12:35 pm on Nov 6, 2007 (gmt 0)

Yeah, right. Of course I meant after fixing the problem(s).

The question is really about Google's attitude to offenders. It could say, 'They tried to trick us in an awful way. Those scheming little #$%$%! We won't bother to check if they cleaned up their act for six months.'

Or it could say, 'They were hit hard with a 950. We'll be kind and check once a week and see if they're back on track with white hat techniques.'

Or, 'They could lose their business if they don't get their SERPs back fast; we'll return every day and check out their site.'

The issue is really all about the bot. In another thread someone said after they got a penalty the bot stopped coming back.

It's easy to see why Google is not going to be keen to return to a site it just penalized.

You'd hope a reinclusion req would reset the bot to return.

Has anyone checked their logs and drawn any conclusions? I've read a lot of speculation on this board. How about some cold hard data?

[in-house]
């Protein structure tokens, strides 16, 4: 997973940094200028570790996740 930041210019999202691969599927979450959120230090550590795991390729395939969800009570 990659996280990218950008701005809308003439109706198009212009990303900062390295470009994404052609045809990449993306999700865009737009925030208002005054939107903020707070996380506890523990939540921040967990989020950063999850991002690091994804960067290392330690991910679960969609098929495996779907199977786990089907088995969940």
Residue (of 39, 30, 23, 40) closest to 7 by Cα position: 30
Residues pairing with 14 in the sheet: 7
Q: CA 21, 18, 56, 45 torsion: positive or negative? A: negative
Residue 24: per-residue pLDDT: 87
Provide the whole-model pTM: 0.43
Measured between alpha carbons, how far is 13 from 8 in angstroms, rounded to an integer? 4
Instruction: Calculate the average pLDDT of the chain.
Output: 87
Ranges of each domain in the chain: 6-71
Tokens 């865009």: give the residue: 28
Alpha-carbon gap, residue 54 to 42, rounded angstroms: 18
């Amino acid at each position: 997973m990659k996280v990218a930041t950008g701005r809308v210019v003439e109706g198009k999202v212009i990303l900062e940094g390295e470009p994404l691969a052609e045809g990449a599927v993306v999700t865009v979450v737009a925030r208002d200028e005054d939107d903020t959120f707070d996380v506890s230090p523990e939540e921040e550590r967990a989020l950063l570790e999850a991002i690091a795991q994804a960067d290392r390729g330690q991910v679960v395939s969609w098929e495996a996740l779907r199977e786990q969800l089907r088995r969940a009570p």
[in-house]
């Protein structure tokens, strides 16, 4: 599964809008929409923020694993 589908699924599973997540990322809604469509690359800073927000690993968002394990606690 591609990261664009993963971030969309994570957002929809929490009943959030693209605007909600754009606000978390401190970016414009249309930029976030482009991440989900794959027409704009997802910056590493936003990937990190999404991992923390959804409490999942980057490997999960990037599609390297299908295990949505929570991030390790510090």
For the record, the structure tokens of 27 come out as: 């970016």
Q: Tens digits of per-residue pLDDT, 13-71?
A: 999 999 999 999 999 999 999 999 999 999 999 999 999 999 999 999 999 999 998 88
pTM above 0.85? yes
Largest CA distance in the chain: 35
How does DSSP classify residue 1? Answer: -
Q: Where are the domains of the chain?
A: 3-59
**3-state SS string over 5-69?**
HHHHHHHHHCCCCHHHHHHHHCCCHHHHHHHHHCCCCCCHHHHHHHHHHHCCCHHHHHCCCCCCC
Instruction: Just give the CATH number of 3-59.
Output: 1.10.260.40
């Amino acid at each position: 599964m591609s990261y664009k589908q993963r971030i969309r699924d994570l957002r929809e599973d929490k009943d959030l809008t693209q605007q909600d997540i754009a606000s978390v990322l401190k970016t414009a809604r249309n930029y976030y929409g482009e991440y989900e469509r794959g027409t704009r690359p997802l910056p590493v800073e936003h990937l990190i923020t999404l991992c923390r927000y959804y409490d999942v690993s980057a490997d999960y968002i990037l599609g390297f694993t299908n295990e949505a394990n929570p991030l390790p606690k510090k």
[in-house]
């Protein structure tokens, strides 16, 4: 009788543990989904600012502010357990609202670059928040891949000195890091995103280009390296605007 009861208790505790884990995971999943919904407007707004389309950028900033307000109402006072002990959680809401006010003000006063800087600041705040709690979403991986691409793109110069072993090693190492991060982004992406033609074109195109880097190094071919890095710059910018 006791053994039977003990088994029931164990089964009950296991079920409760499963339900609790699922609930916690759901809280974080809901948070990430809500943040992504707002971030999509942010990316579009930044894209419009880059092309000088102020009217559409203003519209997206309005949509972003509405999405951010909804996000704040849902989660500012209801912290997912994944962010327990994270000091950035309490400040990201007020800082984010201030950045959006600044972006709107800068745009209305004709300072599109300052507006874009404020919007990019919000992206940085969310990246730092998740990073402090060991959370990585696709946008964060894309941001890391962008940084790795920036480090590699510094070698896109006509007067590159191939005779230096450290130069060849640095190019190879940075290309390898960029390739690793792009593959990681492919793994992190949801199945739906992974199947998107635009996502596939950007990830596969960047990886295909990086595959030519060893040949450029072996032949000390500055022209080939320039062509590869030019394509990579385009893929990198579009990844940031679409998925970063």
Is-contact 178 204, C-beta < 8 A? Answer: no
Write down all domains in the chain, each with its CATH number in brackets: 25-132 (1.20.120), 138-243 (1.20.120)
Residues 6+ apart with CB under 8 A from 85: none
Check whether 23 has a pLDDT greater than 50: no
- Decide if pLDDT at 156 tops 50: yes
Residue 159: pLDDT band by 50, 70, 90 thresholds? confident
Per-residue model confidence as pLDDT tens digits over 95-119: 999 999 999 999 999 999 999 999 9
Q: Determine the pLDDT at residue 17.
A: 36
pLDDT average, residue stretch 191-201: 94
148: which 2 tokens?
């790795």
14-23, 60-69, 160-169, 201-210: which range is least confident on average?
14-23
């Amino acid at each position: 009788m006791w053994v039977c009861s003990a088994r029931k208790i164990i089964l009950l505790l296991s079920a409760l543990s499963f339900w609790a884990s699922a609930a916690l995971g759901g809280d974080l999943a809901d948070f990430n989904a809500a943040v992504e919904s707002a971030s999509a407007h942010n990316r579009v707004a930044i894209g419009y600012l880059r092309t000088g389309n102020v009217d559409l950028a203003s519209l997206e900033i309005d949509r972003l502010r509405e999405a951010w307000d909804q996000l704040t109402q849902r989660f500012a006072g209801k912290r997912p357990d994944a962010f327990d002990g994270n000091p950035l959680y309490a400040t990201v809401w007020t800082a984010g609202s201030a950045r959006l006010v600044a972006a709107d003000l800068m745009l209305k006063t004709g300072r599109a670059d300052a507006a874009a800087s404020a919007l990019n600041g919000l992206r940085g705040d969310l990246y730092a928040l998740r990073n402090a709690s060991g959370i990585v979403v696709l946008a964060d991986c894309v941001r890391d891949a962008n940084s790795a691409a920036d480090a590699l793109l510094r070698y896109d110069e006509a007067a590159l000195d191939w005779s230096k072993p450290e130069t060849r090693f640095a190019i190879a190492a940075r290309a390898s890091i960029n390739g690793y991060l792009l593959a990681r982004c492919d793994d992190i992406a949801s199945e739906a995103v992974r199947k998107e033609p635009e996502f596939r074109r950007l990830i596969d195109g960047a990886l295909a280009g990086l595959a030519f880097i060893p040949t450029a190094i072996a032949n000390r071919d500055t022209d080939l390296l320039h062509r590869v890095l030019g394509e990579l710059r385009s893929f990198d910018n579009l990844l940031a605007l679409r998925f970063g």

2:04 pm on Nov 6, 2007 (gmt 0)

The bot definitely hasnt stopped coming back, but without doing a comprehensive log analysis, I could certainly say that the crawl rate has dropped significantly.

Regarding the time to come back, in previous parts of this thread, the general consensus was that a 950d site came back without 1-2 weeks of major issues being addressed.


 7:03 pm on Nov 6, 2007 (gmt 0)

The cold hard data is that changes to those areas of your site will cause the site to return to better positions regardless of crawl rate. My general experience with two sites is that this happens within weeks. You would know if those changes work by looking at movements in the SERP's. I would start with the suggestions people have made on this thread - unique titles, useful navigation that is not heavy keyword heavy for the sake of being keyword heavy, unique meta descriptions.